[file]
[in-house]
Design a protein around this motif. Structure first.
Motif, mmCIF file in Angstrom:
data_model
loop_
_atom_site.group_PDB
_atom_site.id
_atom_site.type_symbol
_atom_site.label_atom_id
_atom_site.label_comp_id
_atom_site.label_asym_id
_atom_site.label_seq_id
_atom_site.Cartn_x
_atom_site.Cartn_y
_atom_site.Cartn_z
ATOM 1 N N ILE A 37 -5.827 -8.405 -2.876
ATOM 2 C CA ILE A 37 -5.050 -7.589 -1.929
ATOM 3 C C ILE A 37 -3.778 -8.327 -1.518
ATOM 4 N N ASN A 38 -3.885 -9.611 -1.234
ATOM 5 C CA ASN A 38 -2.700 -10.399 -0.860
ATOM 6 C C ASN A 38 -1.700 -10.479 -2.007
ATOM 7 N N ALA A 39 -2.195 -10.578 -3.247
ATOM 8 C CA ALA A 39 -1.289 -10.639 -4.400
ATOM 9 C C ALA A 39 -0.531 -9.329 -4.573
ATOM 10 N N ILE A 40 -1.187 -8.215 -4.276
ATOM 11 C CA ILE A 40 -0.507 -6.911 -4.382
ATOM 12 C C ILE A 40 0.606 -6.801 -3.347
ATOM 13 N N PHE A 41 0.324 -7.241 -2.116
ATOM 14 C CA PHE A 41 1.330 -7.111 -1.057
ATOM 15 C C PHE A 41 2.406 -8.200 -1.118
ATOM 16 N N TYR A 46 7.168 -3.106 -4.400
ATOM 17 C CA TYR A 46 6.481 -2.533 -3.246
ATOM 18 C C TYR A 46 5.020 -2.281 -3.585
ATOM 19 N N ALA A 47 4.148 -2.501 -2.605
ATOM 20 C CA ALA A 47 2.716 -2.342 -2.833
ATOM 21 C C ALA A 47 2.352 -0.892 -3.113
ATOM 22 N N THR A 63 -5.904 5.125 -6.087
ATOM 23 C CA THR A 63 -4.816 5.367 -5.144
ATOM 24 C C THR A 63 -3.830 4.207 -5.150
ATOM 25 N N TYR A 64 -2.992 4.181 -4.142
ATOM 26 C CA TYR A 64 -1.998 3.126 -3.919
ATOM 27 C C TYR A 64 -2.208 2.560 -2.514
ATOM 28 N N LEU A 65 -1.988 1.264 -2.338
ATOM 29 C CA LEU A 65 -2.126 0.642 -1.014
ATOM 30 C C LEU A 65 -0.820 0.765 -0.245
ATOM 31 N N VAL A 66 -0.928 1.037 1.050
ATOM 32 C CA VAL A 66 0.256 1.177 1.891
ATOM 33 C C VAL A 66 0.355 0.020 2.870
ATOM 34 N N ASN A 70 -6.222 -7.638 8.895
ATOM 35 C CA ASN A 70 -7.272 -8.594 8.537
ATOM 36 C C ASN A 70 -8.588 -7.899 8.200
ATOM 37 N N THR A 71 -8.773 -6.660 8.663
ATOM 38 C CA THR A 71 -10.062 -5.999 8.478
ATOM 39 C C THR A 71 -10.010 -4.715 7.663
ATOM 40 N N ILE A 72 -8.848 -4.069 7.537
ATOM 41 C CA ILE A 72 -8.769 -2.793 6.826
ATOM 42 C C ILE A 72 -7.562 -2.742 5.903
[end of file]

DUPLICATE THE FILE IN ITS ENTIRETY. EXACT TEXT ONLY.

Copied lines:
[in-house]
Design a protein around this motif. Structure first.
Motif, mmCIF file in Angstrom:
data_model
loop_
_atom_site.group_PDB
_atom_site.id
_atom_site.type_symbol
_atom_site.label_atom_id
_atom_site.label_comp_id
_atom_site.label_asym_id
_atom_site.label_seq_id
_atom_site.Cartn_x
_atom_site.Cartn_y
_atom_site.Cartn_z
ATOM 1 N N ILE A 37 -5.827 -8.405 -2.876
ATOM 2 C CA ILE A 37 -5.050 -7.589 -1.929
ATOM 3 C C ILE A 37 -3.778 -8.327 -1.518
ATOM 4 N N ASN A 38 -3.885 -9.611 -1.234
ATOM 5 C CA ASN A 38 -2.700 -10.399 -0.860
ATOM 6 C C ASN A 38 -1.700 -10.479 -2.007
ATOM 7 N N ALA A 39 -2.195 -10.578 -3.247
ATOM 8 C CA ALA A 39 -1.289 -10.639 -4.400
ATOM 9 C C ALA A 39 -0.531 -9.329 -4.573
ATOM 10 N N ILE A 40 -1.187 -8.215 -4.276
ATOM 11 C CA ILE A 40 -0.507 -6.911 -4.382
ATOM 12 C C ILE A 40 0.606 -6.801 -3.347
ATOM 13 N N PHE A 41 0.324 -7.241 -2.116
ATOM 14 C CA PHE A 41 1.330 -7.111 -1.057
ATOM 15 C C PHE A 41 2.406 -8.200 -1.118
ATOM 16 N N TYR A 46 7.168 -3.106 -4.400
ATOM 17 C CA TYR A 46 6.481 -2.533 -3.246
ATOM 18 C C TYR A 46 5.020 -2.281 -3.585
ATOM 19 N N ALA A 47 4.148 -2.501 -2.605
ATOM 20 C CA ALA A 47 2.716 -2.342 -2.833
ATOM 21 C C ALA A 47 2.352 -0.892 -3.113
ATOM 22 N N THR A 63 -5.904 5.125 -6.087
ATOM 23 C CA THR A 63 -4.816 5.367 -5.144
ATOM 24 C C THR A 63 -3.830 4.207 -5.150
ATOM 25 N N TYR A 64 -2.992 4.181 -4.142
ATOM 26 C CA TYR A 64 -1.998 3.126 -3.919
ATOM 27 C C TYR A 64 -2.208 2.560 -2.514
ATOM 28 N N LEU A 65 -1.988 1.264 -2.338
ATOM 29 C CA LEU A 65 -2.126 0.642 -1.014
ATOM 30 C C LEU A 65 -0.820 0.765 -0.245
ATOM 31 N N VAL A 66 -0.928 1.037 1.050
ATOM 32 C CA VAL A 66 0.256 1.177 1.891
ATOM 33 C C VAL A 66 0.355 0.020 2.870
ATOM 34 N N ASN A 70 -6.222 -7.638 8.895
ATOM 35 C CA ASN A 70 -7.272 -8.594 8.537
ATOM 36 C C ASN A 70 -8.588 -7.899 8.200
ATOM 37 N N THR A 71 -8.773 -6.660 8.663
ATOM 38 C CA THR A 71 -10.062 -5.999 8.478
ATOM 39 C C THR A 71 -10.010 -4.715 7.663
ATOM 40 N N ILE A 72 -8.848 -4.069 7.537
ATOM 41 C CA ILE A 72 -8.769 -2.793 6.826
ATOM 42 C C ILE A 72 -7.562 -2.742 5.903